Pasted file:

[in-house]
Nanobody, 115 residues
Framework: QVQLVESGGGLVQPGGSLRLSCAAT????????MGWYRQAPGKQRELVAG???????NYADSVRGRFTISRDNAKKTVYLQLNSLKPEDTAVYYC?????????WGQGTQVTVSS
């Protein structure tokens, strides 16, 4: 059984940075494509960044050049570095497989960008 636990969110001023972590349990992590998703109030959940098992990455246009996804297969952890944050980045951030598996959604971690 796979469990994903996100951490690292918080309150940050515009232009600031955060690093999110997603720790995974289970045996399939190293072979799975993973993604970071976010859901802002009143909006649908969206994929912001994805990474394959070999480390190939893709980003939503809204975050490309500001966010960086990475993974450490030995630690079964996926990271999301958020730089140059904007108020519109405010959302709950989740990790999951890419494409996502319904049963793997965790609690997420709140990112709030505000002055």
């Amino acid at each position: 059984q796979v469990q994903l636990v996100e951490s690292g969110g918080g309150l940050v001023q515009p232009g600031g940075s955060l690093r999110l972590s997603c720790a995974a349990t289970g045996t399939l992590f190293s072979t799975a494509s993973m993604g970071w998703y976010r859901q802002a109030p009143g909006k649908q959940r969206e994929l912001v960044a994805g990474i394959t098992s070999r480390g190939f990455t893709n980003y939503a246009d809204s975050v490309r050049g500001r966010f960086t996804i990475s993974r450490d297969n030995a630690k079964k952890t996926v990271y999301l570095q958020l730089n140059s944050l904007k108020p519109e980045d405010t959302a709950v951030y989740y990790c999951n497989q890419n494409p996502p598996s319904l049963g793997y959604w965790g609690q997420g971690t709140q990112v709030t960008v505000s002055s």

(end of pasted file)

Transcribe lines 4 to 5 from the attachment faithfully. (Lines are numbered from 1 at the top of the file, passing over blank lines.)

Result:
């Protein structure tokens, strides 16, 4: 059984940075494509960044050049570095497989960008 636990969110001023972590349990992590998703109030959940098992990455246009996804297969952890944050980045951030598996959604971690 796979469990994903996100951490690292918080309150940050515009232009600031955060690093999110997603720790995974289970045996399939190293072979799975993973993604970071976010859901802002009143909006649908969206994929912001994805990474394959070999480390190939893709980003939503809204975050490309500001966010960086990475993974450490030995630690079964996926990271999301958020730089140059904007108020519109405010959302709950989740990790999951890419494409996502319904049963793997965790609690997420709140990112709030505000002055």
């Amino acid at each position: 059984q796979v469990q994903l636990v996100e951490s690292g969110g918080g309150l940050v001023q515009p232009g600031g940075s955060l690093r999110l972590s997603c720790a995974a349990t289970g045996t399939l992590f190293s072979t799975a494509s993973m993604g970071w998703y976010r859901q802002a109030p009143g909006k649908q959940r969206e994929l912001v960044a994805g990474i394959t098992s070999r480390g190939f990455t893709n980003y939503a246009d809204s975050v490309r050049g500001r966010f960086t996804i990475s993974r450490d297969n030995a630690k079964k952890t996926v990271y999301l570095q958020l730089n140059s944050l904007k108020p519109e980045d405010t959302a709950v951030y989740y990790c999951n497989q890419n494409p996502p598996s319904l049963g793997y959604w965790g609690q997420g971690t709140q990112v709030t960008v505000s002055s």